Articles Posted in Office-in-Briefcase

I follow because he has one of the great sites for lawyers like myself who travel with an office-in-the-briefcase.  Here is an interesting blog for the end of the year.  No this isn’t a gadget or a piece of software.  But the “procedure” may come in handy.  Hopefully it doesn’t bowl you over with laughing too hard.

Regular readers of this blog know that I have dropped smart phones in various water graves; twice, in the toilet (don’t ask), and once in a swimming pool, and once in Tampa Bay. In each case, I did my best to dry them out, but, alas, they died a terrible death. Now, LifeHacker informs me that I could have dried them in a bowl of rice, which, because of its ability to soak up moisture, can save wet electronics if applied soon enough. Since my accidents, I have been a lot more careful with my smartphones, so I hope I never have to try this one out. However, if it happens to you, keep this one in your pocket just in case.

Testimonial: Rice Resurrects Even the Most Soaked of Gadgets – Cellphones – Lifehacker.

Frustrated with Google Reader, I began using and recommending Morning Coffee as a Firefox plug-in.  I still think MC is a good tool if you are only interested in looking at certain websites once or twice a day, or once a week.  However, for me that’s not flexible enough.

Thanks to Practicing Law in the 21st Century-A Law & Technology Blog, I have been directed to as a plug-in to FF.  This plug-in is a great alternative to Google Reader, and combined with MC can give you flexibility in keeping track of what’s happening out there.  Basically it is a place to collate all of your RSS (or similar) feeds.d

Thanks to FutureLawyer blog, one of my favorites, I’ve been alerted to a nasty Microsoft trick.

If you are like me you use Firefox as your browser.  Until recently it was one of the best, if not the best, among several competitors to Windows.  The basic issue being security.

Well it appears, that Microsoft has silently added an “add-on” to FF.  And yes:

The worst part of this is that the add-on had a security hole, and Microsoft itself recommended removal. Microsoft agreed to assist Mozilla in crafting the disabling of the add-on; which is kind of like a burglar agreeing to help a homeowner clean up the mess he made. One would think that Microsoft has enough problems with security holes in Internet Explorer, without corrupting other browsers too (emphasis added).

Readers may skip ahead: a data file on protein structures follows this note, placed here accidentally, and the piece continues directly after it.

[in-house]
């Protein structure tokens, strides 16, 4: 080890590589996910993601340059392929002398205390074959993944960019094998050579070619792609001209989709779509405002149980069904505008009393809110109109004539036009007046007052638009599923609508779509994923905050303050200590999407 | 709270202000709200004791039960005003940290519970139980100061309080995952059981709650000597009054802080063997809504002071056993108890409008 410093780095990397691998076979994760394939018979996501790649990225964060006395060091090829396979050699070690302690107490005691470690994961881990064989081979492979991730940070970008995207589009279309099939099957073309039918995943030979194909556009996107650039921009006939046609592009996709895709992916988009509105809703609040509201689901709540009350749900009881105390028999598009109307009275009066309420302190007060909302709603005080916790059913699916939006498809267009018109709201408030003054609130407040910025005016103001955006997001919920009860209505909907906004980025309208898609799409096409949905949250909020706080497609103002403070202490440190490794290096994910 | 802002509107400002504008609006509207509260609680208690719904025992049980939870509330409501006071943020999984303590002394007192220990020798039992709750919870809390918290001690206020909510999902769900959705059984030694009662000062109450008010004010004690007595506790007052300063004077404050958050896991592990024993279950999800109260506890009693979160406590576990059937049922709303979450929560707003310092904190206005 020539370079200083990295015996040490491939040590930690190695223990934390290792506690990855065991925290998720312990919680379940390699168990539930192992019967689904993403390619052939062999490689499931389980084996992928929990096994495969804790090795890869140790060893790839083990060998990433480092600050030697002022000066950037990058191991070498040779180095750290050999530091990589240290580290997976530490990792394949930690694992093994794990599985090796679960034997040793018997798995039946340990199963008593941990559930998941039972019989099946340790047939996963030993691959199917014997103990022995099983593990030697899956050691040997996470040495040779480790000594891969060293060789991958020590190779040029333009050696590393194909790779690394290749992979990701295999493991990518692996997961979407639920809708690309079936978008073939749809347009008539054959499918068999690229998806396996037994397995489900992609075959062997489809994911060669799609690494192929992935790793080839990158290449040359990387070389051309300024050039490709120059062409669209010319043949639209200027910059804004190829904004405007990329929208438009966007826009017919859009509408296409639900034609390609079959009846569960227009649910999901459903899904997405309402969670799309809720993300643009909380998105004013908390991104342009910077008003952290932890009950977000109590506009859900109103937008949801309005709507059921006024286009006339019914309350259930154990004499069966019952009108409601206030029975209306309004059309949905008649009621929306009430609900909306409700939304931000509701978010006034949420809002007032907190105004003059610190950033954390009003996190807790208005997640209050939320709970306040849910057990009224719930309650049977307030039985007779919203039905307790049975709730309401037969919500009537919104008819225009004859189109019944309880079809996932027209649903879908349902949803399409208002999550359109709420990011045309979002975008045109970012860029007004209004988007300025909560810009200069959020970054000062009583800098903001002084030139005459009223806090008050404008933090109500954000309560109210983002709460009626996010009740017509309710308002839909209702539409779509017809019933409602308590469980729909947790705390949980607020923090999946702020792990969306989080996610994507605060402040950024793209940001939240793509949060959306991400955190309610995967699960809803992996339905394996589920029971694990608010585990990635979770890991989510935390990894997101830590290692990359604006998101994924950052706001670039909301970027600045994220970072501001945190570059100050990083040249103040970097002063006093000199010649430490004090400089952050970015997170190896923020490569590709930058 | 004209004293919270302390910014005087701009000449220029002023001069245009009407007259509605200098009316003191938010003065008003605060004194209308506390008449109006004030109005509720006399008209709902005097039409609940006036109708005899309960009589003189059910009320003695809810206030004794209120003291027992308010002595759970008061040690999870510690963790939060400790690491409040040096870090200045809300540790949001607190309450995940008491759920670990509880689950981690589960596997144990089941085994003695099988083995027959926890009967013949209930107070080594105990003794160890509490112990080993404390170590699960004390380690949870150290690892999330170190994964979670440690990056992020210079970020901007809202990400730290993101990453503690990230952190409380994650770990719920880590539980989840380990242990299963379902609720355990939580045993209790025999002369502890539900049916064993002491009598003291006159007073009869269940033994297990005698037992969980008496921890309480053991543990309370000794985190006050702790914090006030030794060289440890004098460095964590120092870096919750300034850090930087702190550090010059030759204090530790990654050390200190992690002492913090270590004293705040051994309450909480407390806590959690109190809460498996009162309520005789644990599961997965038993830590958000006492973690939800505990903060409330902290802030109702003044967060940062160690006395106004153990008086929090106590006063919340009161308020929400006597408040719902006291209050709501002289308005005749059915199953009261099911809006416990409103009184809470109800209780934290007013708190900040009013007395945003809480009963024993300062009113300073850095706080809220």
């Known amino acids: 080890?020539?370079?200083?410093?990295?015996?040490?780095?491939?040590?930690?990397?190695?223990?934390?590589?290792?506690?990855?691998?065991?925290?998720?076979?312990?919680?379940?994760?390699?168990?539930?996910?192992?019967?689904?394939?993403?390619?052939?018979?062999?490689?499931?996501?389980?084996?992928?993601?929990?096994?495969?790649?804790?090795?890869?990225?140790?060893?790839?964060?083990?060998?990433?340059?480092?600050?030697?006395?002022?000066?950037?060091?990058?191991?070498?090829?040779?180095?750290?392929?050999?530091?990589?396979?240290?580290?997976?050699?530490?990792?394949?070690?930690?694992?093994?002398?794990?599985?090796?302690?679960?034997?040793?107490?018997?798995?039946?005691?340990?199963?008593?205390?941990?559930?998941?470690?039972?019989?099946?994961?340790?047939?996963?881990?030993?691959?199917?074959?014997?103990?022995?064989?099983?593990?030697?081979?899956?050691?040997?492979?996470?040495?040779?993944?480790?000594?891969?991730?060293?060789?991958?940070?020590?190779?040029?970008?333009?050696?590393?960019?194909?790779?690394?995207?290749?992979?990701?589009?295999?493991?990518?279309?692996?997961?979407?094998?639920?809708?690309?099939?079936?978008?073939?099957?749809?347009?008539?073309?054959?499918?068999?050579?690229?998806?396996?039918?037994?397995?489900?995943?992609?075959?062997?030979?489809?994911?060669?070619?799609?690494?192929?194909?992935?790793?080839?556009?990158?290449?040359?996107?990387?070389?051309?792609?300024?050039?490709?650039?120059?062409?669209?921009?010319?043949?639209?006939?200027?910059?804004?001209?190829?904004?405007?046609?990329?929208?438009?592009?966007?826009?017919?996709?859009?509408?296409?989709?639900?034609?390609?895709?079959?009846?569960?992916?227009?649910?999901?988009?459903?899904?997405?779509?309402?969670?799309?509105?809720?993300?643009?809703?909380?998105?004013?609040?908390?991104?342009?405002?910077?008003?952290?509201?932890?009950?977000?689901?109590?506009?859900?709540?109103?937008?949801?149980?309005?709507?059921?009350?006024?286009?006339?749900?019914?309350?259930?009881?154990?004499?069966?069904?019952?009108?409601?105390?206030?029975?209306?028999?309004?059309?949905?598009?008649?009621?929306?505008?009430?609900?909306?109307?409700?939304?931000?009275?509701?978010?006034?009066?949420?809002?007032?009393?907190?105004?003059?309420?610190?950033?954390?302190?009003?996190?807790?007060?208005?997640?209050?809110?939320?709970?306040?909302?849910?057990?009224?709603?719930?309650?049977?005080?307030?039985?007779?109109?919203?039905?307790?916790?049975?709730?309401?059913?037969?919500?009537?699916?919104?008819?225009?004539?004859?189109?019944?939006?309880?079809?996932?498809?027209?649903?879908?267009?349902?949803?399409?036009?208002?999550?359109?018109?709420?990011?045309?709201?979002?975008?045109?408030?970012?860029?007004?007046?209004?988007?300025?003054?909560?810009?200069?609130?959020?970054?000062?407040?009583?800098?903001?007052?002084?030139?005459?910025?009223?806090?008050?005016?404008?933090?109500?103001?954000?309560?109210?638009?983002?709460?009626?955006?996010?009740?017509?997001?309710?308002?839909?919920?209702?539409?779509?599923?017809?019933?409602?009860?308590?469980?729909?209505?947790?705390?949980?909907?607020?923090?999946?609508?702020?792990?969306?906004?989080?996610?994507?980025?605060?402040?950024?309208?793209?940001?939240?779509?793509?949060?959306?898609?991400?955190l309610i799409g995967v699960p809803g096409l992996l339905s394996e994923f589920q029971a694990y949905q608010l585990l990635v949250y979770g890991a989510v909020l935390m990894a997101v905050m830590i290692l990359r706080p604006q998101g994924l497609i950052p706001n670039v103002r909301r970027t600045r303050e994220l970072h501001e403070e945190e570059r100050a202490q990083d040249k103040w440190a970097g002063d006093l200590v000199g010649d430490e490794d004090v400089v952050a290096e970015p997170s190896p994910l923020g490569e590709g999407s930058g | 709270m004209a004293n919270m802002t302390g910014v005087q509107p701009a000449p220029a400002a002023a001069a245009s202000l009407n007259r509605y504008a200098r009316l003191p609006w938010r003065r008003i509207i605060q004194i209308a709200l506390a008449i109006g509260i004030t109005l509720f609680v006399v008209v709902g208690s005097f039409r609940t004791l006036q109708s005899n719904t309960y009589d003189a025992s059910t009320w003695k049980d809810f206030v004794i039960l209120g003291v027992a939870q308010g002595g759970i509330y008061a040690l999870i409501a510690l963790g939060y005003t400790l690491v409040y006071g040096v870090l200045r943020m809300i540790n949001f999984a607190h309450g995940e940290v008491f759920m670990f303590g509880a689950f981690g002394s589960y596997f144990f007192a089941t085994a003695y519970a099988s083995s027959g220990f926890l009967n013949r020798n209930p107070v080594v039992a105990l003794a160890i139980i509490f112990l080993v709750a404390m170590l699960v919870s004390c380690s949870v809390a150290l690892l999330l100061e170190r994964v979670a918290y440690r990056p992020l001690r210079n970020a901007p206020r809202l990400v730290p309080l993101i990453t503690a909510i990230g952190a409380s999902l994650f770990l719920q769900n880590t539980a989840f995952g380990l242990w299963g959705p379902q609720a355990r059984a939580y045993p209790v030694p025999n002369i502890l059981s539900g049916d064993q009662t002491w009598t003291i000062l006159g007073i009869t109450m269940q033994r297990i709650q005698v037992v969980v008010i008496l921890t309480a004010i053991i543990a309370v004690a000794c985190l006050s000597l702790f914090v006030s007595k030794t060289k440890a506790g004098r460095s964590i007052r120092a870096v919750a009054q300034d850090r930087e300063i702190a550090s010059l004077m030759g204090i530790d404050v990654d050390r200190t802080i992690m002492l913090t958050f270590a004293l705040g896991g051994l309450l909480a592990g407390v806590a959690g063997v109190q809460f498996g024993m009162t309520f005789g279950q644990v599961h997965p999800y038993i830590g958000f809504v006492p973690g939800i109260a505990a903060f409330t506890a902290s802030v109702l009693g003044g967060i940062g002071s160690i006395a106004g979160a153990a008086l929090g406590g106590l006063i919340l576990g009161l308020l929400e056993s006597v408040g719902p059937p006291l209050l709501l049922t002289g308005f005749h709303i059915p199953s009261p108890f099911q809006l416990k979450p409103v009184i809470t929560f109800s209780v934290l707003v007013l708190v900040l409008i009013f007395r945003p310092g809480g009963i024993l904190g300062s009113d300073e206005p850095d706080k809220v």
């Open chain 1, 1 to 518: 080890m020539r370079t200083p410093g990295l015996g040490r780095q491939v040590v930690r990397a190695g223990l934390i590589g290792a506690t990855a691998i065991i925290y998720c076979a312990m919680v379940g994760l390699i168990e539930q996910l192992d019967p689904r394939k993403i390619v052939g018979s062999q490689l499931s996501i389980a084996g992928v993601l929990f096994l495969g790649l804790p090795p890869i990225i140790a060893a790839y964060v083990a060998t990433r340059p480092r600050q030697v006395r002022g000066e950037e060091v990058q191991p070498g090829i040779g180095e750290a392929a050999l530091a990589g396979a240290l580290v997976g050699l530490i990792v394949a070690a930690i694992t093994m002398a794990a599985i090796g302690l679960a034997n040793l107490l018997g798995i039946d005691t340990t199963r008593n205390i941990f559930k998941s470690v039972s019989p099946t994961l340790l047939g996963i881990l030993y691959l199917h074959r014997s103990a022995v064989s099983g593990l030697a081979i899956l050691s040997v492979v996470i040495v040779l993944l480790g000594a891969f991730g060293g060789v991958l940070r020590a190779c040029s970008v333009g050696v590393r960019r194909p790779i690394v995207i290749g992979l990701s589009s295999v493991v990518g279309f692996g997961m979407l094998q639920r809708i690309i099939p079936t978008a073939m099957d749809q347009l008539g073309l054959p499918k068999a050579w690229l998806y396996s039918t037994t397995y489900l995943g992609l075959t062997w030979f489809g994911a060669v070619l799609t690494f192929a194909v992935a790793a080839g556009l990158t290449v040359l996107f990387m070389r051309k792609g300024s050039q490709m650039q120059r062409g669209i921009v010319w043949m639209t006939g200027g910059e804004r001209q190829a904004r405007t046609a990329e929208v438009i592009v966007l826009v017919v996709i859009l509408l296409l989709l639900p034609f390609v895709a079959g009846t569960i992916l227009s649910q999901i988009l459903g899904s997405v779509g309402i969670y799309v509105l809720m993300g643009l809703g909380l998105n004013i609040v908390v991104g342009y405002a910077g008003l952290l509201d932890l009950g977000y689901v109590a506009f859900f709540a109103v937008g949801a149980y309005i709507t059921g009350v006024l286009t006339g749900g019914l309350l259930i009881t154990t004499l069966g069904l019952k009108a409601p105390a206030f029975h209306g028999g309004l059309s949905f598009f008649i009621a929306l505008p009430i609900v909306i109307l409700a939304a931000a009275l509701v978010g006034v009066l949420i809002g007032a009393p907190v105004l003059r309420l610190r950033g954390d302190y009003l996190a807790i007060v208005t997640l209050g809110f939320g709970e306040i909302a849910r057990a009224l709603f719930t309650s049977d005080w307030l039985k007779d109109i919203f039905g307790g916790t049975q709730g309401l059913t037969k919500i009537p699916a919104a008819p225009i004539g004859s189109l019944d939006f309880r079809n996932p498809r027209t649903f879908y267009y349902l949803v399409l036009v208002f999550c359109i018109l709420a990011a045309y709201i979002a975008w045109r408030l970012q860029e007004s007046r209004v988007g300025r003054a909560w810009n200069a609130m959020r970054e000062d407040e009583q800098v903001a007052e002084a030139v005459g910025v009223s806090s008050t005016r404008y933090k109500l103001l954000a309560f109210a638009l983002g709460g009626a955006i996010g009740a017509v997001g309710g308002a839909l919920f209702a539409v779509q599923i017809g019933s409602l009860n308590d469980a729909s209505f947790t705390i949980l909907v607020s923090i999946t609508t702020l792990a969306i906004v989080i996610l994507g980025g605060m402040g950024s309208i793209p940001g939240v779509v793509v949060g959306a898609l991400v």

Office Tab.

Do you (as you should) use Firefox as your browser?  If so, you are perhaps used to using tabs for opening multiple windows.  I’m told even Explorer does that now.  Also, Adobe and my favorite Nitro PDF also use tabs to navigate between documents.  Anyway, here is a potential useful tool for your Office programs to set up tabs.

I’m a confirmed WordPerfect user – it’s so much better than Word – but I understand people are forced to use Word.

Check it out:  Office Tab.

Office Tab is a small add-on which will bring tabbed browsing to Microsoft Office. Generally every new word document or excel worksheet or powerpoint slide we open opens up in a new window and this occupies a lot of space on taskbar and also its hard to manage all the windows. With this application, you can open any number of tabs in the same Office application window. This makes it easy to manage multiple things you are working on at the same time.

There are some drawbacks.  Even when using two screens it’s not possible to view two Word documents at the same time as it is without the tabs.  However, if you are using multiple Word documents for reference or to cut and paste to other documents it works fine.

Here is a neat website that allows you to calculate a deadline and due dates.  Not an application, so there’s nothing to install on your computer or iPhone or BB – and for the overhead conscious it’s free.


There’s a free download which will allow you to have a widget in your Vista sidebar, or you can add to your Explorer or Firefox

For those absolutely needing an iPhone app here is an alternate – Law on My Phone.